A mutation in the ORAI1 gene--studied in a human patient and mice--leads to a loss of calcium in enamel cells and results in defective dental enamel mineralization, finds a study led by researchers at NYU College of Dentistry.
The study, published April 23 in Science Signaling, identifies ORAI1 as the dominant protein for calcium influx and reveals the mechanisms by which calcium influx affects enamel cell function and the formation of tooth enamel.
Calcium is critical for many cellular functions, including mineralizing teeth and bones. Calcium enters cells via ORAI proteins, which form pores in a cell's plasma membrane to enable calcium influx when activated.
"Our previous research has shown that deficiencies in the modulation of calcium influx or calcium transport result in dental enamel malformation," said Rodrigo Lacruz, PhD, associate professor of basic science and craniofacial biology at NYU College of Dentistry and the study's senior author. "Despite this knowledge, the biology of enamel cells as it relates to the role of calcium signaling remains poorly understood."
Studies show that several genes, including ORAI (which encode ORAI proteins), are involved in the formation of tooth enamel. Enamel--the hard, outer layer of teeth--first forms as a soft, gel-like matrix. ORAI proteins then help the enamel-forming cells to mineralize.
Mutations in the human ORAI1 gene result in immune dysfunction and immune diseases, but people with ORAI1 mutations also have defects in their tooth enamel. In this study, the researchers investigated the case of a patient with a complex medical history, including combined immunodeficiency and a mutation in the ORAI1 gene. Throughout his childhood, the patient had defects on his tooth enamel, resulting in severe cavities and related dental abscesses. Based on his clinical presentation, the researchers concluded that the ORAI1 mutation likely accounted for the defective enamel mineralization.
Given the lack of dental samples from patients with ORAI1 mutations, Lacruz and his colleagues then developed mouse models to study the role of ORAI proteins in enamel formation, both by observing tooth enamel and examining its influence on the environment inside enamel cells.
The researchers studied the ORAI family of proteins (ORAI1, ORAI2, and ORAI3) and genetic mutations in the corresponding genes to investigate the mechanism by which calcium is modulated by each of these proteins. When mice had a mutation in the ORAI1 gene and were therefore deficient in ORAI1 protein, calcium entry into enamel cells was significantly reduced (by roughly 50 percent), and tooth enamel was abnormal, including cracks in the outer enamel layer. By contrast, mice with ORAI2 mutations and ORAI2 deficiency showed an increase in calcium by approximately 30 percent in the enamel cells, which did not result in obvious enamel defects. This suggests that ORAI1 is the dominant channel for modulating the influx of calcium into enamel cells.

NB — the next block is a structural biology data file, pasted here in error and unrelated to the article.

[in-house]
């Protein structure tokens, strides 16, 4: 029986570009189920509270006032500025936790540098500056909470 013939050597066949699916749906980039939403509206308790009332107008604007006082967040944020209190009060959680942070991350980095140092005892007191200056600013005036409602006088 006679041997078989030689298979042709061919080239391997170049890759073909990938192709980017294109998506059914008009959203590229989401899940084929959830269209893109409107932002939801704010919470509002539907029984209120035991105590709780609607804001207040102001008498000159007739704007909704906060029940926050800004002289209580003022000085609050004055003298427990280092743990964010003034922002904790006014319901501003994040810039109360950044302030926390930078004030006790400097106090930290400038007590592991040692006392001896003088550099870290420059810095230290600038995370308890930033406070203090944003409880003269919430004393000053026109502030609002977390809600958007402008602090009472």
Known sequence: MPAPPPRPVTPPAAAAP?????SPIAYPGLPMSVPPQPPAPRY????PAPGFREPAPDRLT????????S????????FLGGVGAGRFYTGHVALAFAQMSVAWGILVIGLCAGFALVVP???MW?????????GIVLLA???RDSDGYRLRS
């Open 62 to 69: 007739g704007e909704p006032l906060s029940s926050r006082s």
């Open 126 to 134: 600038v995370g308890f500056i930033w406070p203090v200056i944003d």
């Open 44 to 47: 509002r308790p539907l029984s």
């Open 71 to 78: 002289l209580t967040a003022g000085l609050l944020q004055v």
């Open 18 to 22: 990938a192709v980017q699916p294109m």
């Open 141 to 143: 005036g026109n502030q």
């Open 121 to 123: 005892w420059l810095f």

To better understand how calcium influx--and conversely, deficiency in calcium--changes the functioning of enamel cells, the researchers examined the activity of cells lacking ORAI1. They found that calcium dysregulation in ORAI1-deficient cells affects their function at multiple levels, including increased mitochondrial respiration and subsequent changes in redox balance. An elevation in reactive oxygen species can be detrimental to cells, and to protect proteins in an intracellular environment that is more oxidizing, a mechanism called S-glutathionylation is promoted.
The findings provide a foundational understanding of what happens in enamel cells, which could help create a pathway for researchers interested in regenerating tooth enamel or developing therapies to treat patients with enamel defects.
"We've long observed deficiencies in tooth enamel associated with abnormal calcium levels in the enamel cells, but can now detail a mechanism for how this occurs," said Lacruz.
In addition to Lacruz, study authors include Miriam Eckstein, Francisco Aulestia, Veronica Costiniti, Serena Kassam, Timothy Bromage, and Amr Moursi of NYU College of Dentistry; Martin Vaeth and Stefan Feske of NYU School of Medicine; Pal Pedersen of Carl Zeiss Microscopy, LLC; Youssef Idaghdour of NYU Abu Dhabi; and Thomas Issekutz of Dalhousie University. This research was funded by the National Institutes of Health's National Institute of Dental and Craniofacial Research (DE025639, DE027679) and National Institute of Allergy and Infectious Diseases (AI097302, AI130143, AI107448).
About NYU College of Dentistry
Founded in 1865, New York University College of Dentistry (NYU Dentistry) is the third oldest and the largest dental school in the US, educating nearly 9 percent of the nation's dentists. NYU Dentistry has a significant global reach with a highly diverse student body. Visit http://dental.nyu.edu for more.